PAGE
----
A recent phishing attack committed on the popular NFT marketplace, Opensea, resulted in an estimated $1.7 million stolen from the site’s users.

A phishing attack is essentially when a hacker or malicious actor attempts to get site users to do a “wrong thing.” That “thing” could take the form of anything from clicking a bad link that downloads malware to ask for your password with an official-looking (but fake) email or direct message.

While we have not received any reports of any fraudulent activity from our users or social media followers, given that safety and security in relation to NFT marketplaces are in the news, Third Act thought it might be helpful to preemptively underline some points and offer tips about safety and security when it comes to using an NFT marketplace:

Password Security

CNBC recently ran a story about the 20 most common passwords shared on the dark web. 

Quick aside, the dark web is essentially an internet that’s content isn’t indexed by search engines and needs to be accessed by special software. Lots of illegal stuff goes on in the dark web, including hackers sharing and selling passwords. 

Whether you’re shopping on Amazon, streaming on Netflix, or buying NFTs on Third Act, a strong password is always a good idea. Below are some simple tips for password security:

  • Never use personal information.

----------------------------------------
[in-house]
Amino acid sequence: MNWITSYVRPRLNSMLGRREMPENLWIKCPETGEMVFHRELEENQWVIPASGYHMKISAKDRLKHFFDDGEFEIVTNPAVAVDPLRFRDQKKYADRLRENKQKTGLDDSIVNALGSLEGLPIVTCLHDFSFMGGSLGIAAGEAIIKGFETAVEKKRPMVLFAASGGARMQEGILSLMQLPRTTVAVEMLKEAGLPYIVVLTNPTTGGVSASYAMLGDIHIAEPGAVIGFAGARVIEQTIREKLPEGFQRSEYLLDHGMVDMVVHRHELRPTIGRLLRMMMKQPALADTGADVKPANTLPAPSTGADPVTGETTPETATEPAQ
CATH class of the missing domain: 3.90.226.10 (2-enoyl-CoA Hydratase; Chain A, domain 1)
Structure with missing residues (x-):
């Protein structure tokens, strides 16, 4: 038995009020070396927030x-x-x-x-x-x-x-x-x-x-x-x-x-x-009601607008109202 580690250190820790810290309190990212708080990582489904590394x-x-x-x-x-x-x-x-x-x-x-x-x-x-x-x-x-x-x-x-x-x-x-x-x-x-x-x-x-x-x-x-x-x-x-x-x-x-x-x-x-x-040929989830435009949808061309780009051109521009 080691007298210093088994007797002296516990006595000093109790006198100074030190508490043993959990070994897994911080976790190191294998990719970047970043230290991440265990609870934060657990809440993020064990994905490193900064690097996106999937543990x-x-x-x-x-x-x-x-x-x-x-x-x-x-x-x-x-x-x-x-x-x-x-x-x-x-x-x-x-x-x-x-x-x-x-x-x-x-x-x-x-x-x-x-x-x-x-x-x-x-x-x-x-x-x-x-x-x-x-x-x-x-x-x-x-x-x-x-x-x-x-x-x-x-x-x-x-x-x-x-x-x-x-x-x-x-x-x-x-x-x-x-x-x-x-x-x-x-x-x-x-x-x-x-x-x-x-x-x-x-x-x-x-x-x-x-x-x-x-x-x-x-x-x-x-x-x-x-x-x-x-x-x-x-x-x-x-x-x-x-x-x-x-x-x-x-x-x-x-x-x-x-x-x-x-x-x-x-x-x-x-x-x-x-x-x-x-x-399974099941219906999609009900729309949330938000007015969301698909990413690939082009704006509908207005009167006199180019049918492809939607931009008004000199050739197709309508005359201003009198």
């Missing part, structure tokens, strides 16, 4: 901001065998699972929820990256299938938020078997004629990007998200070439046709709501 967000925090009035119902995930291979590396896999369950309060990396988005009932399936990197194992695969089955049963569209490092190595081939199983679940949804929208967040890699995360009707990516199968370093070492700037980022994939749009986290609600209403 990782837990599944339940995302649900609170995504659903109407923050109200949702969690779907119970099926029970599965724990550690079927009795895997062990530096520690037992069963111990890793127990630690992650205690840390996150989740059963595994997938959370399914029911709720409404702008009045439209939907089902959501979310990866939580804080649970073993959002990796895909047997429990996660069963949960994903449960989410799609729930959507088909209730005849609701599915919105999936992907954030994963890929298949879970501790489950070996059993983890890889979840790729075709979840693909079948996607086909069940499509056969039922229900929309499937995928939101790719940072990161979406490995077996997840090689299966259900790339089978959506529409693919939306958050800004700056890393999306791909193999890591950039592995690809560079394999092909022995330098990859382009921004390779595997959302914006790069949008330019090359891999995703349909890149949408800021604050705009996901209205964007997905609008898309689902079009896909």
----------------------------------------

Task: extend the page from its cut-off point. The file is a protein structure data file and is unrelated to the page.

• Use a nice mixture of letters, numbers, and special characters.
  • Avoid using real words.
  • Make it long.
  • Never repeat passwords. This means don’t use the same password for two sites.

Google’s password manager will often suggest passwords to use that follow the above tips. But it could be fun to mash a bunch of keys together to create your own. Or is that only our idea of fun? 

Whether mashing the keys is fun to you, or you just want to go the Google-generated route, a strong password is one of the first steps toward staying safe while participating in the NFT world.

We Will Never Ask for Your Password 

Speaking of passwords, we will never email or DM a user asking for their password. 

While on the site, you may be asked to reenter your password depending on browsing time and inactivity, but no one from the site will ever reach out to you directly and ask for your password. 

The same goes for account information. We will never ask via email or social media DM for credit card information, addresses, or any personal information. Basically, unless you contact us, don’t expect any sort of email or DM from us, other than newsletters if you signed up for them (which you should sign up for them if you want the latest NFT drops, auctions, and news).

Fake Emails and Websites

Every email address associated with Third Act will have the domain @thirdact.digital. Emails without this address should not be opened and marked as spam. 

Along with this, there have been some reports of other NFT marketplaces being cloned and hosted, tricking users into thinking they’re the real thing and entering valuable information. While this is rare, it is important to remember that the domain for Third Act will always be thirdact.digital.